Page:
How Can Digital Beat Analog?

I used to be a student of gadgets in the 80s. In analog you could have almost infinite quantity of beliefs, but digital had ones and zeros. And binary transmission means lots of zeros and ones

As an example in analog transmission, easily wished to transmit the amount 254, I would simply send it as 3 digits, a two and a five and a four. But also in digital, specifically binary transmission, it would have to be almost 8 digits, i. e. 11111110, i. e., a series of seven ones and then followed by one zero.

I have recently been talking about binary transmitting when talking about digital, because they are not the same thing. Binary transmission is merely one type of digital transmission. Right now there can be many others. For instance there may be trinary, which would transmit zeros, ones, and twos. You get the idea.

It is because, in creating electronic brake lines, you can very easily create switching circuits that will have a high voltage, i. e., an one and a low voltage, i. e., a zero.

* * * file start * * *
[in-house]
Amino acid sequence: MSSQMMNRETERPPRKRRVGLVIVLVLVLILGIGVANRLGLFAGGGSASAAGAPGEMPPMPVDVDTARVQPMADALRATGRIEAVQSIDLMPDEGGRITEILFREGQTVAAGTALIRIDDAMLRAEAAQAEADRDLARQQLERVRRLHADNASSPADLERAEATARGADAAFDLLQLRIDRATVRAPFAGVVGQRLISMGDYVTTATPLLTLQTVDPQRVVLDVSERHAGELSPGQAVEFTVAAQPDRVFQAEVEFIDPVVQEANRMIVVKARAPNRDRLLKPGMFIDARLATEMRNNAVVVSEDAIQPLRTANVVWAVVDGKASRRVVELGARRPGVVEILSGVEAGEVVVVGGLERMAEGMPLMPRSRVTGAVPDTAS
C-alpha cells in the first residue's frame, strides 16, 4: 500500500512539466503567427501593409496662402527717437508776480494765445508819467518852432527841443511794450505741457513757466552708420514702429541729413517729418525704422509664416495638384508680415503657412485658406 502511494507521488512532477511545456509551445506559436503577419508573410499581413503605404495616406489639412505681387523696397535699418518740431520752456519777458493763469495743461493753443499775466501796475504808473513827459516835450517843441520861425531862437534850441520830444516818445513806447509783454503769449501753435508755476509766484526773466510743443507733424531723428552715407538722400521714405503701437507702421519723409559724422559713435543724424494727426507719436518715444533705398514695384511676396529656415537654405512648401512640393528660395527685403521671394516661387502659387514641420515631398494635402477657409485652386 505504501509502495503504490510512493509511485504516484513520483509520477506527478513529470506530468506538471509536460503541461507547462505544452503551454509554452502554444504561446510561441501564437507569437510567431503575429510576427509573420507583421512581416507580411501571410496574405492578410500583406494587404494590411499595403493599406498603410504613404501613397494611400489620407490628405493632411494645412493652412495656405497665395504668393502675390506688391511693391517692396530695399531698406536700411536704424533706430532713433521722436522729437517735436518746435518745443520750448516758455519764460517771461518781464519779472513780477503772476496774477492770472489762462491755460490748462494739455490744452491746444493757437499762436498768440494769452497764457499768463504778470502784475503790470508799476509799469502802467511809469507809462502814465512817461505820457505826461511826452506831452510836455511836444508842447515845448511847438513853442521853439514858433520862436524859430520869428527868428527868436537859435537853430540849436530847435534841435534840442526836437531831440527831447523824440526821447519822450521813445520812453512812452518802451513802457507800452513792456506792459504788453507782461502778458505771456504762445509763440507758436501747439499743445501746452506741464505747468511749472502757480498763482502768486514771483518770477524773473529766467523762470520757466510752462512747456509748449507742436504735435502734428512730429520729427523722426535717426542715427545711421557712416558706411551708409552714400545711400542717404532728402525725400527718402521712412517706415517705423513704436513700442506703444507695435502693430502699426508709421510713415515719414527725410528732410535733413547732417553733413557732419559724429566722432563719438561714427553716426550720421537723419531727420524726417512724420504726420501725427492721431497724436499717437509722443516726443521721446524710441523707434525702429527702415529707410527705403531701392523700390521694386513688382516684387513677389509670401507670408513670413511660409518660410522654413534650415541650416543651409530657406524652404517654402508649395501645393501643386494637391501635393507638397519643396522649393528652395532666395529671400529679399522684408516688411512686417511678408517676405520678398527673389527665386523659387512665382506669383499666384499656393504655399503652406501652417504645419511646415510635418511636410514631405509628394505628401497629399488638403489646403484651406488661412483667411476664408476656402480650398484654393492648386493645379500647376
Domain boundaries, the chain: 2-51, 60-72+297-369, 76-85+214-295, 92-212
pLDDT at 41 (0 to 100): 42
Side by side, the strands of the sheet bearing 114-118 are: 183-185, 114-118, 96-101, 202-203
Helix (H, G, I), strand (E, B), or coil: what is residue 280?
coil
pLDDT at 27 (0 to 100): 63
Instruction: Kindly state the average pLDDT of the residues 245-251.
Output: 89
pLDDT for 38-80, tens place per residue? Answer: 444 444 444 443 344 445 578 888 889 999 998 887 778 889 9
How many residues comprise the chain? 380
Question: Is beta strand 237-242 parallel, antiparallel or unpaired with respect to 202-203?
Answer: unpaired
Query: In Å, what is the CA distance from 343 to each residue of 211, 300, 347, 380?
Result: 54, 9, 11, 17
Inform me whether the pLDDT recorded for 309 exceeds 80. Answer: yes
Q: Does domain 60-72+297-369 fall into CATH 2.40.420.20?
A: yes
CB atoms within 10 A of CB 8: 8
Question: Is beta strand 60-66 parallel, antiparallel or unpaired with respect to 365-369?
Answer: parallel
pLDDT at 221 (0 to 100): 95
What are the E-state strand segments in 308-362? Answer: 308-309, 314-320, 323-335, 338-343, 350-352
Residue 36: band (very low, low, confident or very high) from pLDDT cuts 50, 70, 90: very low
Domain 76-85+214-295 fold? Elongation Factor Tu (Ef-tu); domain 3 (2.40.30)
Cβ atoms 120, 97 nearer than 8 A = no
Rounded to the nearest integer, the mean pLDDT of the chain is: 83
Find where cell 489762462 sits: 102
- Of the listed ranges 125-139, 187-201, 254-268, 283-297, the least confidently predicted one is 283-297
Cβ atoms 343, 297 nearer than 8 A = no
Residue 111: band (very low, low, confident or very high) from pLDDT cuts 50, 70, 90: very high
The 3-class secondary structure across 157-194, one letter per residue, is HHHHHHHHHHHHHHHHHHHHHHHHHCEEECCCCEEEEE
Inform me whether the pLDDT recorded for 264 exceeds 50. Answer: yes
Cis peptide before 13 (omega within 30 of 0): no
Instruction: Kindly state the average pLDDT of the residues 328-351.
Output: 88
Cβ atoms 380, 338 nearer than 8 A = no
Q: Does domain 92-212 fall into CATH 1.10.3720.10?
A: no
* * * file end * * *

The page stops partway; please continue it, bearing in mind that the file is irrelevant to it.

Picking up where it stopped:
So, to the original question. Why is analog not as good as digital? Are we missing something? Did out engineering teachers miss out on teaching us about some important part of the deal here? To get instance, could it be about economics and not about electronics at all?

We queried our instructors. Though they all realized that digital was out of date, there were few who could give us more than standard party-lines. Of course there were the old-timers who stood staunchly behind the power electronic devices depending on the analog paradigm.

It had been the belief of these old-timers that the real electronics was the power electronics with pressure tubes and a complete lot of heat. They will told me of huge factories and professional products that ran on these power electronics.

They pooh-poohed the latest fads spinning around digital electronics as a fad that was not worth more than making doorbells or kids projects. Probably that is all that they were subjected to in the name of digital electronics. Provided that two decades have passed, we certainly have answered many of our early questions, but we have also created new and stronger questions.

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